Towards a Lasting Peace in Israel and Palestine

This is the motion that was passed at the October Lib Dem Conference. It was moved by Layla Moran MP our Foreign Affairs spokesperson.

Conference believes wholeheartedly in the universal liberal principles of human rights, democracy, international law, and the self-determination of peoples.

Conference welcomes the role of Yair Lapid, leader of Liberal International partner Yesh Atid, in the formation of the new Israeli government and hopes that this moment of change may offer the chance of a fresh approach to the peace process.

Conference deeply regrets the deaths of Palestinian and Israeli civilians in the escalation in May 2021, unequivocally condemns all acts of indiscriminate violence, noting that there is no excuse for the targeting of civilians, especially children, and notes that the escalation was caused by long-term underlying tensions which must be addressed if a lasting peace rather than a short-term truce is to be achieved.

Conference notes the deteriorating human rights situation in Israel and Palestine as detailed in reports, notably those published by B’Tselem and Human Rights Watch detailing transgressions by the Israeli government.

Conference condemns all human rights abuses committed by Hamas in Gaza and the Palestinian Authority in the West Bank, as outlined in reports including notably the 2018 Human Rights Watch publication Two Authorities, One Way, Zero Dissent.

Conference regrets that Hamas’s attitude to the conflict, including its rhetoric, its incitement and its refusal to recognise the state of Israel, is itself a significant barrier to peace.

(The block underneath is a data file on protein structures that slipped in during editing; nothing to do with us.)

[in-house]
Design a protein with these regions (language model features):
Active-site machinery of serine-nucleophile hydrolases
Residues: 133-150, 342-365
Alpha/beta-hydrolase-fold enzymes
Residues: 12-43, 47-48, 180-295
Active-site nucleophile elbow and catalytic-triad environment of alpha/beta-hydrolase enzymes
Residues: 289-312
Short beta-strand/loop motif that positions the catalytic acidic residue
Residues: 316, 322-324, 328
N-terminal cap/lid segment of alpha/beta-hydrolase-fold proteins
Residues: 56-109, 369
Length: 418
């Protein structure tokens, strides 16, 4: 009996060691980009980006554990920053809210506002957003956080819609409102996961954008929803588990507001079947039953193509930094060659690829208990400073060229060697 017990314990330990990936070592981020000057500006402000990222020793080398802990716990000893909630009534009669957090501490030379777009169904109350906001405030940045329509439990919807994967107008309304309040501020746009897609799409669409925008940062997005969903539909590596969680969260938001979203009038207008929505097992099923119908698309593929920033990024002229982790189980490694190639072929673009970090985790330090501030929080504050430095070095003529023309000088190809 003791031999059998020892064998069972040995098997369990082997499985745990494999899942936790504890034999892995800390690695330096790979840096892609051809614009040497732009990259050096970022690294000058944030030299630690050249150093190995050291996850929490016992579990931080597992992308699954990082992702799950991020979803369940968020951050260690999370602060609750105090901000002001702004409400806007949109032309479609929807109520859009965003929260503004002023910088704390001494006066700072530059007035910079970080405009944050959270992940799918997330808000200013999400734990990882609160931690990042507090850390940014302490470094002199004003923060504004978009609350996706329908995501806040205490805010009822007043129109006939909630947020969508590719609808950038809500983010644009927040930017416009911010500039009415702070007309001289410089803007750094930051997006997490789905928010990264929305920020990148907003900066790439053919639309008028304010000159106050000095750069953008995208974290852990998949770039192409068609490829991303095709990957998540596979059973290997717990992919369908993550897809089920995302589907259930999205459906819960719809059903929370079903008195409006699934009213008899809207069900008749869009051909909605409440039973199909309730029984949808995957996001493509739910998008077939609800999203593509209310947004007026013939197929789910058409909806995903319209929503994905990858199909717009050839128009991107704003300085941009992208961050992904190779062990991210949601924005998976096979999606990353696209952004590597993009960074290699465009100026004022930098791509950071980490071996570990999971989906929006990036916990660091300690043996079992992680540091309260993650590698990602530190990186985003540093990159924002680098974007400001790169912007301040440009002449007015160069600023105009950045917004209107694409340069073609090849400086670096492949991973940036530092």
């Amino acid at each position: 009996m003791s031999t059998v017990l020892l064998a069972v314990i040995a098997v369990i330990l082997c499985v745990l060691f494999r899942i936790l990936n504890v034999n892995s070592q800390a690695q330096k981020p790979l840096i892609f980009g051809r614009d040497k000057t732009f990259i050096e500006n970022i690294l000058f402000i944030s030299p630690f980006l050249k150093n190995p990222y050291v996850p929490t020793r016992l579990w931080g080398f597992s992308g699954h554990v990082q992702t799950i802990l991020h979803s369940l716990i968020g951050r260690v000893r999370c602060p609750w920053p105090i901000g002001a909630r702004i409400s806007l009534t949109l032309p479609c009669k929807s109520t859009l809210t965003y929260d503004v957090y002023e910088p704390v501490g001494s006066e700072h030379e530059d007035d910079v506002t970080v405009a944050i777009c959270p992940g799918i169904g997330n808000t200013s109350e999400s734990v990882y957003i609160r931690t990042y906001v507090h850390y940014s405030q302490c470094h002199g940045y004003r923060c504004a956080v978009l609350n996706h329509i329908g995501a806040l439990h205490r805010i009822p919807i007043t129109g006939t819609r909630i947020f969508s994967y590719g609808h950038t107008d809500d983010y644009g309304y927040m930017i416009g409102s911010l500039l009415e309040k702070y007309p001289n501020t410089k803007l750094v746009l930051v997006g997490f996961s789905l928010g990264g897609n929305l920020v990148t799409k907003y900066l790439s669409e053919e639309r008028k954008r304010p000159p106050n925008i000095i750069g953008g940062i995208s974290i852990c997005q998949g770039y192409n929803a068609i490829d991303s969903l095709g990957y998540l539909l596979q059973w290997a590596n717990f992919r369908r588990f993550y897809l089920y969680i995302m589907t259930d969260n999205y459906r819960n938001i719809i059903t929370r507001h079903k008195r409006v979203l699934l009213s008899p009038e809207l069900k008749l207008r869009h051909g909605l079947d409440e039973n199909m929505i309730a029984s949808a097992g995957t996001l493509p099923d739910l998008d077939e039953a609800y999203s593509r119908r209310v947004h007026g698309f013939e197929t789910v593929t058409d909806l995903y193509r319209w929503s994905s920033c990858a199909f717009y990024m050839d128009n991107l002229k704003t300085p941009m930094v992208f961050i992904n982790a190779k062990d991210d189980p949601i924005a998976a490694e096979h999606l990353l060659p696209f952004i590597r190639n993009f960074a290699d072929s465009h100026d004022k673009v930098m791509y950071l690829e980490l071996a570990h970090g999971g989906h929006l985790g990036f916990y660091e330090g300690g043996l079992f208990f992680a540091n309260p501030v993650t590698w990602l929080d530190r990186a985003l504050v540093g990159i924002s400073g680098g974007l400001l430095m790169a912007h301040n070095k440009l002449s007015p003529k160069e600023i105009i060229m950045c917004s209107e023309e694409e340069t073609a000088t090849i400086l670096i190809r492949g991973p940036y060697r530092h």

Conference further regrets the position of the UK Prime Minister when he opposed the ICC investigation into alleged crimes committed in Palestine, noting that the ICC has jurisdiction given that Palestine, like the UK, is a signatory to the Rome Statute.

Conference affirms that given the 54 year old Israeli occupation and that, under international law, occupation is meant to be temporary, the ongoing Israeli occupation of Palestinian territory is illegal under international law.

Conference reaffirms the Liberal Democrats’ commitment to:

  1. A two-state solution in which Israel and Palestine both exist with secure boundaries based on the 1967 lines with two capitals in Jerusalem recognised in international law with normal relations (including diplomatic, security and trade relations) between them and with their neighbours.
  2. The right of Israel and Palestine to territorial integrity under international law, and that any peace negotiations must allow the possibility of negotiations on fair and equal land swaps if replacing existing boundaries, namely the pre-1967 lines.
  3. Condemnation of all threats and acts of violence and unlawful use of force such as war crimes and crimes against humanity, or extra-judicial killing, whoever the perpetrators may be.
  4. The belief that any such threats and acts of violence or force will only make a just settlement more difficult to achieve.
  5. Immediate recognition of Palestine as a sovereign independent state by the UK Government based on the 1967 lines.

Conference calls on the UK Government to:

  1. Work with the international community to facilitate a new peace process and set out a route map to lasting peace including confidence-building measures, especially by working with our EU partners and seeking to use any UK influence with President Biden.